2015 Louis Roederer Brut Rose

94
RP
As low as $79.95
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Product ID
2015-louis-roederer-brut-rose
 

Wine Critic Reviews for 2015 Louis Roederer Brut Rose

The 2015 Brut Vintage Rosé is generous and demonstrative, bursting with aromas of peach, orange and pear mingled with hints of red berries, fresh bread and ginger. Full-bodied, layered and vinous, it's rich and enveloping, its textural attack segueing into an ample, fleshy core that's girdled by bright acids and enlivened by a pillowy mousse. Long and expansive, it's more generous and gourmand than its racier 2014 predecessor, but just as good.

Robert Parker Wine Advocate | 94 RP
(Louis Roederer Rosé Brut Millésime (Reims)) The 2015 vintage of Louis Roederer Rosé is an outstanding wine in the making. The refined and youthful bouquet wafts from the glass in a mix of strawberries, tangerine, a touch of blood orange, rye bread, chalky minerality, lovely spice tones and a nice touch of upper register smokiness. On the palate the wine is bright, full-bodied, focused and nascently complex, with a lovely core of fruit, excellent mineral drive, utterly refined mousse, bouncy acids and a long, seamlessly balanced and vibrant finish. This is approachable out of the blocks, but it is still a young wine and I would opt for tucking it away in the cellar for at least another five years before drinking it in earnest. (Drink between 2026-2055)

John Gilman | 93 JG
Pure and pretty notes of wild strawberry and nectarine fruit are enriched by hints of marzipan, chalk and pickled ginger in this graceful rosé Champagne. Lithe and expressive, with a fine, lively mousse, this shows lovely balance and a creamy, mineral-laced finish. Pinot Noir and Chardonnay. Drink now through 2031. 1,054 cases imported.

Wine Spectator | 93 WS
A short maceration with the grape skins adds color and vinous depths of flavor to this earthy wine. It opens to brisk and bold red-fruit flavors that one taster compared to a tibouren rosé from Bandol. Cellar this to bring up its complexities.

Wine & Spirits | 92 W&S

Wine Details on 2015 Louis Roederer Brut Rose

More Information
Producer Louis Roederer
Region Champagne: The sharp, biting acidity, cutting through the richness; the explosive force that shatters the bubbles as they rise to the surface; the intense flavor and compelling, lively mouthfeel; these are all hallmarks of a good Champagne. Most wines are made from a combination of Chardonnay, Pinot Noir, and Pinot Meunier, but there are pure-Chardonnay variants and ones that blend only Pinot Noir and Pinot Meunier. As a result, most wines come with a feeling of familiarity, if not nostalgia. Each Champagne house has its own unique style, so different bottles of Champagne may not resemble each other outside of the core varietal strengths. The soil composition of the subregion is characterized by belemnite and chalk, which lets it absorb heat during the daytime and release it at night. This terroir helps create the feeling of airy, playful lightness of fine sparkling wine.

These wines were originally marketed towards royalty, and you can feel a hint of that elusive blue-blood elegance and confidence while drinking one. A good Champagne carries you away like a hurricane carries small debris, and you can feel the powerful life force in each bubble even. The characteristic Champagne "pop" has become a staple at parties and celebrations around the globe - when you hear it, good times are right around the corner.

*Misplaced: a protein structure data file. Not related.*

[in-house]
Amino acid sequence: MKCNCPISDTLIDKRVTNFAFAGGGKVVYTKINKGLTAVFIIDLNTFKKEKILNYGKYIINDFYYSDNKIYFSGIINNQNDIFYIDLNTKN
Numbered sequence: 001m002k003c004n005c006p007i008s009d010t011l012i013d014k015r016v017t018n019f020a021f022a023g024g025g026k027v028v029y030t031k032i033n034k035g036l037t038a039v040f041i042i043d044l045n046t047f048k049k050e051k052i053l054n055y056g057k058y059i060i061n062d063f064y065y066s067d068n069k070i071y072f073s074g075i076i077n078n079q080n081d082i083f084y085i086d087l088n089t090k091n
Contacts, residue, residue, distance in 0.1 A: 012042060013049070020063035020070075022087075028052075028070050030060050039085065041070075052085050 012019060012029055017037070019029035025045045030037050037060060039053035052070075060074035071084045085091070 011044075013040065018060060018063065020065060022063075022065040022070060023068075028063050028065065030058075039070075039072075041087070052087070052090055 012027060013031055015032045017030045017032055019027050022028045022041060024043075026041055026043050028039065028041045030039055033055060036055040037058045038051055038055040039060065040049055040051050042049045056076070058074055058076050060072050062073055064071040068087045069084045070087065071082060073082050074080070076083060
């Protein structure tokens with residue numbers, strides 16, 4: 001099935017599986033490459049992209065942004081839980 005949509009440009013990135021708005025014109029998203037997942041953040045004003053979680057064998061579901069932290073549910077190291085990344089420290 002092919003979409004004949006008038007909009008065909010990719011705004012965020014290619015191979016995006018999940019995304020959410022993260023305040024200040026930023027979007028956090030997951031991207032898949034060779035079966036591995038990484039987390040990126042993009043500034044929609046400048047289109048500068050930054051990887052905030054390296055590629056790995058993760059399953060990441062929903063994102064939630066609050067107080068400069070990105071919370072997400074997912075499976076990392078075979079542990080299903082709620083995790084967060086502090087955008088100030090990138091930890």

Subregion Reims
Appellation Barbaresco
Climat/Vineyard Estate Vineyard
Cru Estate
Country France: Words fail us when trying to adequately portray France's place in the world of wine. It's downright impossible to imagine what wine would feel and taste like had it not been for France's many, many viticultural pioneers. Fine wine is the blood of France's vigorously beating heart, and it finds itself in many aspects of French culture. With a viticultural history that dates all the way back to the 6th century BC, France now enjoys its position as the most famous and reputable wine region on the planet. If you have a burning passion for masterfully crafted, mouth-watering, mind-expanding wines, then regular visits to France are probably already in your schedule, and for a good reason.
Type of Wine Champagne: Nothing like a refreshing, vivacious glass of fine Champagne during a hot summer afternoon. Typically combining Chardonnay, Pinot Noir, and Pinot Meunier, each Champagne house has a distinct style. Whether you want to sample a single varietal (such as the 100% Chardonnay blanc de blancs) or a tasteful blend, no region can compete with Champagne.
Varietal Proprietary Blend: Proprietary Blend is a general term used to indicate that a wine is comprised of multiple grape varietals which are either “proprietary” to the winery or is blended and does not meet the required maximum or minimum percentage of a particular varietal. This also is the case for the grape’s place of origin, especially for region, appellation or vineyard designated wines. There are endless examples of blended wines which are labeled as “Proprietary Blend” and in conjunction with each region’s stipulated wine laws and regulations makes for a vast blanket for wines to fall into. Perhaps the simplest example is California; if a wine is to be labeled as Napa Valley Cabernet Sauvignon, it is required to have at least 75% of the varietal (Cabernet Sauvignon) and 85% of the fruit must be cultivated from the Napa Valley wine district. If the wine does not meet the requirements, it is then labeled as Proprietary Blend.

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